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HBV Screening. Stewart Cooper MD Chief, Division of Hepatology California Pacific Medical Center. Cost-Effectiveness of Screening and Vaccinating Asian and Pacific Islander Adults for Hepatitis B David W. Hutton, MS; Daniel Tan, MS; Samuel K. So, MD; and Margaret L. Brandeau, PhD

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hbv screening

HBV Screening

Stewart Cooper MD

Chief, Division of Hepatology

California Pacific Medical Center

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Cost-Effectiveness of Screening and Vaccinating Asian and Pacific Islander Adults for Hepatitis B

  • David W. Hutton, MS; Daniel Tan, MS; Samuel K. So, MD; and Margaret L. Brandeau, PhD
  • Ann Intern Med. 2007;147:460-469.
  • FINDINGS
  • Compared with the status quo, the screen-and-treat strategy has an incremental cost-effectiveness ratio of $36, 088 per QALY gained. The screen, treat, and vaccinate strategy gains more QALYs than the screen and treat strategy and incurs modest incremental costs, leading to incremental cost-effectiveness of $39, 903 per QALY gained compared with the screen and treat strategy#.
  • Screening programs for HBV among Asian and Pacific Islander adults are likely to be cost effective. Clinically significant benefits accrue from identifying chronically infected persons for medical management and vaccinating their close contacts. Such efforts can greatly reduce the burden of HBV-associated liver cancer and chronic liver disease in the Asian and Pacific Islander population.

# Medical interventions that cost less than $50 000 per QALY gained are broadly considered acceptable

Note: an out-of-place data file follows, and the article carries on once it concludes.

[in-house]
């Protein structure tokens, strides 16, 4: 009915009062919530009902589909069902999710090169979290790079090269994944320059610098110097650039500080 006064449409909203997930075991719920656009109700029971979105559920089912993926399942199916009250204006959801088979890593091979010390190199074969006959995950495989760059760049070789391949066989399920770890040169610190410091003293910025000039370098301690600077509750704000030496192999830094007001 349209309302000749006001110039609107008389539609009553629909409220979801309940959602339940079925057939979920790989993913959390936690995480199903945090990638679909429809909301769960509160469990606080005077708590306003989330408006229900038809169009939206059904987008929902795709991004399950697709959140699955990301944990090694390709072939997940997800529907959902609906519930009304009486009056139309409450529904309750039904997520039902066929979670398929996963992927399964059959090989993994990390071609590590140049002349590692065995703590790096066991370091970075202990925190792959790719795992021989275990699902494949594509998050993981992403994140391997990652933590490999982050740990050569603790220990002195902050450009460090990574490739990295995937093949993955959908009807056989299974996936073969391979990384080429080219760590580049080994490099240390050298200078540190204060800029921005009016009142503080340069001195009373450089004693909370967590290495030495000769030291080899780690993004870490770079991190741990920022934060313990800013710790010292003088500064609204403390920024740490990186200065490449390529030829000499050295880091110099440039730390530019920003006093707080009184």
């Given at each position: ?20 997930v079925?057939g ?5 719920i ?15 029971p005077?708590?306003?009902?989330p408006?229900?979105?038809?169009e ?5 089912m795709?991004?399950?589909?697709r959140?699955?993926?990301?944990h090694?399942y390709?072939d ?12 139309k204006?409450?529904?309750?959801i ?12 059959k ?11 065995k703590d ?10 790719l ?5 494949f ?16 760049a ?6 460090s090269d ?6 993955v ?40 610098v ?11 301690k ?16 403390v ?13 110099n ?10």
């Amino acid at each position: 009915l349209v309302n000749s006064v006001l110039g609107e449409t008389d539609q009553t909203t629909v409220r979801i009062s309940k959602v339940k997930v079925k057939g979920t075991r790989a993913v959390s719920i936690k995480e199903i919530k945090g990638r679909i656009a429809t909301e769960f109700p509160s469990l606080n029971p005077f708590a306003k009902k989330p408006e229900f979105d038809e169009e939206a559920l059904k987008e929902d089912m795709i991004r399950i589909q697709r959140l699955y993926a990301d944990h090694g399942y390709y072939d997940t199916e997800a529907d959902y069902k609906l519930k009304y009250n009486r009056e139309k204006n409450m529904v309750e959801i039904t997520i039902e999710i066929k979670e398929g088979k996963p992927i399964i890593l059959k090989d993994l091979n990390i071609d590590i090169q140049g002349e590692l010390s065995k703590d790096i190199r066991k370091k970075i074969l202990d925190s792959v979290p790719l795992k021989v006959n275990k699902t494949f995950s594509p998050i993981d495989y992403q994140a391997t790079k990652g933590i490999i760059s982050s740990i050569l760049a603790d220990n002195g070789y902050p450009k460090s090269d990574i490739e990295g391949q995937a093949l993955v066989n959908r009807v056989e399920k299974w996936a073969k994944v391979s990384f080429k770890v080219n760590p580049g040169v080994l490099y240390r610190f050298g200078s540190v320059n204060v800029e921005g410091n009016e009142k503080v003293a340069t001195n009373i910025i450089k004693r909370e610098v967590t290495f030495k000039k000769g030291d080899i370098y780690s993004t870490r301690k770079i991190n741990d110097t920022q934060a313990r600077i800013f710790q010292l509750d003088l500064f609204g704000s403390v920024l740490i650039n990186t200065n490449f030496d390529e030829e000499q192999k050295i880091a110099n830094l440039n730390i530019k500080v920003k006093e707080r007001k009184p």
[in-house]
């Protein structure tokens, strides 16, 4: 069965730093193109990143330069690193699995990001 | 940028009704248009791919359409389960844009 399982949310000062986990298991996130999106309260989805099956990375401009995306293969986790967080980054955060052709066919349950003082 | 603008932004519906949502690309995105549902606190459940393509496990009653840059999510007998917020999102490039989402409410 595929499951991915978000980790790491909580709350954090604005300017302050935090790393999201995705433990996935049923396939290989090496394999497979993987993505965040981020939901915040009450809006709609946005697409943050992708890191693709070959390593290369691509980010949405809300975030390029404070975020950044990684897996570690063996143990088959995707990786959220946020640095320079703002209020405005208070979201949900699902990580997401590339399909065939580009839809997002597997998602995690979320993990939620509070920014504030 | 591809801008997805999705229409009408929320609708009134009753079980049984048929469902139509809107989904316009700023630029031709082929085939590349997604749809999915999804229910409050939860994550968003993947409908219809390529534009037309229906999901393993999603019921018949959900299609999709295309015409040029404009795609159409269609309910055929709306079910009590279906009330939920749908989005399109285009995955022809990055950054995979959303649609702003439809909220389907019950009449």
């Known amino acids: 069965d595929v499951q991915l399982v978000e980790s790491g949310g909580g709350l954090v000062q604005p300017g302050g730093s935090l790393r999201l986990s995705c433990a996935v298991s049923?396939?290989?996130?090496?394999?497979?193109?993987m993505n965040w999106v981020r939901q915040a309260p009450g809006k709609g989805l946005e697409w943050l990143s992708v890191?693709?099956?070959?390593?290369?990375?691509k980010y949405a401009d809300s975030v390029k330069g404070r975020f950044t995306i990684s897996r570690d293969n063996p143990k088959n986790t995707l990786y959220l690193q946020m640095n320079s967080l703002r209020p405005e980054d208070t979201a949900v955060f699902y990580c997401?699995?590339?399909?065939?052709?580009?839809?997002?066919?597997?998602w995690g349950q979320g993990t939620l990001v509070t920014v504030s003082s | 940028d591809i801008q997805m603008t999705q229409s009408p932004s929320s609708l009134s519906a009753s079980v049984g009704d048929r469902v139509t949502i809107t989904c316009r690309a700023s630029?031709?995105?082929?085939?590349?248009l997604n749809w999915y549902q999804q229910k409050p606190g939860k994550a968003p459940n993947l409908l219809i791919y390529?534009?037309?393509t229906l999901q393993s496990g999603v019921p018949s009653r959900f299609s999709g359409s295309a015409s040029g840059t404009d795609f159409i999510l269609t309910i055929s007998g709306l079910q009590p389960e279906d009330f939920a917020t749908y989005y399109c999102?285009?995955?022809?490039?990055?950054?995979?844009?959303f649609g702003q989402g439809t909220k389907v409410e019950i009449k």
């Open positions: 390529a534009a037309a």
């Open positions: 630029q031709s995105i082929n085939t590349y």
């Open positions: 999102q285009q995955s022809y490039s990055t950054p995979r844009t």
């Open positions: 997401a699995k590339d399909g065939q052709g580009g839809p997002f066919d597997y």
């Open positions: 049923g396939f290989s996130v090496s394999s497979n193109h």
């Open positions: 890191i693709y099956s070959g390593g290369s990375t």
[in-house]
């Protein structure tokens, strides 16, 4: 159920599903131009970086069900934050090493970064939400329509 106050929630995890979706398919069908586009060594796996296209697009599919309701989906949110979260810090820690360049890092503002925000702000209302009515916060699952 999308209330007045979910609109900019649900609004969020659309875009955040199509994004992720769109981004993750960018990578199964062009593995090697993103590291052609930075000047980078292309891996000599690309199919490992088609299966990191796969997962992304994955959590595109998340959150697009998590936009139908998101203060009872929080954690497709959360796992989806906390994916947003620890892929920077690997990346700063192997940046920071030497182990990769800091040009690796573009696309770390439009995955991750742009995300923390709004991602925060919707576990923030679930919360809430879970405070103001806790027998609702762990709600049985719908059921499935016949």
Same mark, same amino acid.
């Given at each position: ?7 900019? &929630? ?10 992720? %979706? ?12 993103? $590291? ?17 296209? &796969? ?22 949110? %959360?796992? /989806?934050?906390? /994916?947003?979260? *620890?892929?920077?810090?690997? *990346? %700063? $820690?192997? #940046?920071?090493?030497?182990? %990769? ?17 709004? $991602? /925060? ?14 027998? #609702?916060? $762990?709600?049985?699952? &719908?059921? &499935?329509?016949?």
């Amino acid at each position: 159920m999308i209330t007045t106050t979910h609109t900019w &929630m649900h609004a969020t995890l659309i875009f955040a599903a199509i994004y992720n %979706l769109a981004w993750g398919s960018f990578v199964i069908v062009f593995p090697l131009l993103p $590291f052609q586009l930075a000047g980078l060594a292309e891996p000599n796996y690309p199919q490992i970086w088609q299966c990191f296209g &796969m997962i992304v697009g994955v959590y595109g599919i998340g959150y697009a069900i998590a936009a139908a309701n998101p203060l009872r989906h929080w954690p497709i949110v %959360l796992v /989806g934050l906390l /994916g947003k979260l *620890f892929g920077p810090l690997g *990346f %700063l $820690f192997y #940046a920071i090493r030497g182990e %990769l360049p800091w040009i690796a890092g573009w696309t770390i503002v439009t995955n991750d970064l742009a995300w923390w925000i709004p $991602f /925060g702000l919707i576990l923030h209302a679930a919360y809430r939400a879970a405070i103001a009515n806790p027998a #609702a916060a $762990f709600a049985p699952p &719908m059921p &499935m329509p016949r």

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HBV Screening in Asians and Pacific Islanders: Interim Cost-effectiveness Analysis of a Single-center San Francisco Program

  • Michele Tana1, Kaveh Hoda2,3,5, David Hutton4, Jackson Wong2, Charlotte Ma2, Yiqiu Wei2, Wylie Liu2, Nanette Hinojales8, Paula Lykins5, Germaine Andres8, David Stone5, Doug Wong2,5, Grace Estevez2, Eddie Cheung2,3,7, Judy Li10, Robert Gish2,5 Stewart Cooper2,5,§
  • Manuscript Submitted.
  • Objective: This study reports the results of a single center’s contribution to SF Hep B Free and uses a published Markov framework to examine actual cost-effectiveness of HBV assessment in: all API, first- and second-generation API, and first-generation API only (N = 1885)
  • Design: Retrospective analysis of all persons screened and vaccinated over a 14-month period, plus integration of data from the SF Hep B Free program into the Markov framework.
  • Setting: Multiple screening events sponsored by a single center in San Francisco.
  • Subjects: Asian and Pacific Islanders screened for HBV during the study period.
  • Results: Compared to the status quo (no intervention), a screening and vaccination strategy in all API yielded an incremental cost-effectiveness ratio (ICER) higher than for solely targeting first-generation API, or first- and second-generation API only. All strategies had ICERs below the threshold generally regarded as cost-effective.
  • Comprehensive HBV screening initiatives that target all API regardless of generation status are likely cost-effective, despite lower HBV prevalence in second- and third-generations.